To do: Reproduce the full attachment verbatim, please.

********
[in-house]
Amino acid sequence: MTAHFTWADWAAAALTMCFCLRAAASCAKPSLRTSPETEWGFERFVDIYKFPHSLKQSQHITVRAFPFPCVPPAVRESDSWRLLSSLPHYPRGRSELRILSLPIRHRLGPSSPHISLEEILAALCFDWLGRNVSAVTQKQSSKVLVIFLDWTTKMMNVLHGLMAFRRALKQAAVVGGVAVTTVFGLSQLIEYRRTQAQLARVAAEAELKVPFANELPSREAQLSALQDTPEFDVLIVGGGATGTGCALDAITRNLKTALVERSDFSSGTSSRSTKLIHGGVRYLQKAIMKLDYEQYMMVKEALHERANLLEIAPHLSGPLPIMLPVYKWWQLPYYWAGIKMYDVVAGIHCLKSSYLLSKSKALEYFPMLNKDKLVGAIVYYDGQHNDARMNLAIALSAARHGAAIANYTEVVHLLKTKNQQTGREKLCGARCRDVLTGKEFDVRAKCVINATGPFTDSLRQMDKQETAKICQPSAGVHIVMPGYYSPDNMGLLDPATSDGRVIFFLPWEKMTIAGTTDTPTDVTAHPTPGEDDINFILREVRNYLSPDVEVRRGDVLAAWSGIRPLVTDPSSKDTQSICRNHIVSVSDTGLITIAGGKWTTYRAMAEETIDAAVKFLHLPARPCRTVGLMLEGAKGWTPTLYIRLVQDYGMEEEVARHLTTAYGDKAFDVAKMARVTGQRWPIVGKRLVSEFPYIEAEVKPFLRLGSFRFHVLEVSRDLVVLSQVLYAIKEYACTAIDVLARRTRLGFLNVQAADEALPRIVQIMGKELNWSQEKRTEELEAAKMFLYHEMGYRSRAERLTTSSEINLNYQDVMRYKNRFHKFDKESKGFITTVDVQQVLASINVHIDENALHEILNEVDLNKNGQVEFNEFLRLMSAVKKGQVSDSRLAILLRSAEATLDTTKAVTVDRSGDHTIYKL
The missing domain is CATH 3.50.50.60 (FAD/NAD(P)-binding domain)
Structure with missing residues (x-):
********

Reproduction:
[in-house]
Amino acid sequence: MTAHFTWADWAAAALTMCFCLRAAASCAKPSLRTSPETEWGFERFVDIYKFPHSLKQSQHITVRAFPFPCVPPAVRESDSWRLLSSLPHYPRGRSELRILSLPIRHRLGPSSPHISLEEILAALCFDWLGRNVSAVTQKQSSKVLVIFLDWTTKMMNVLHGLMAFRRALKQAAVVGGVAVTTVFGLSQLIEYRRTQAQLARVAAEAELKVPFANELPSREAQLSALQDTPEFDVLIVGGGATGTGCALDAITRNLKTALVERSDFSSGTSSRSTKLIHGGVRYLQKAIMKLDYEQYMMVKEALHERANLLEIAPHLSGPLPIMLPVYKWWQLPYYWAGIKMYDVVAGIHCLKSSYLLSKSKALEYFPMLNKDKLVGAIVYYDGQHNDARMNLAIALSAARHGAAIANYTEVVHLLKTKNQQTGREKLCGARCRDVLTGKEFDVRAKCVINATGPFTDSLRQMDKQETAKICQPSAGVHIVMPGYYSPDNMGLLDPATSDGRVIFFLPWEKMTIAGTTDTPTDVTAHPTPGEDDINFILREVRNYLSPDVEVRRGDVLAAWSGIRPLVTDPSSKDTQSICRNHIVSVSDTGLITIAGGKWTTYRAMAEETIDAAVKFLHLPARPCRTVGLMLEGAKGWTPTLYIRLVQDYGMEEEVARHLTTAYGDKAFDVAKMARVTGQRWPIVGKRLVSEFPYIEAEVKPFLRLGSFRFHVLEVSRDLVVLSQVLYAIKEYACTAIDVLARRTRLGFLNVQAADEALPRIVQIMGKELNWSQEKRTEELEAAKMFLYHEMGYRSRAERLTTSSEINLNYQDVMRYKNRFHKFDKESKGFITTVDVQQVLASINVHIDENALHEILNEVDLNKNGQVEFNEFLRLMSAVKKGQVSDSRLAILLRSAEATLDTTKAVTVDRSGDHTIYKL
The missing domain is CATH 3.50.50.60 (FAD/NAD(P)-binding domain)
Structure with missing residues (x-):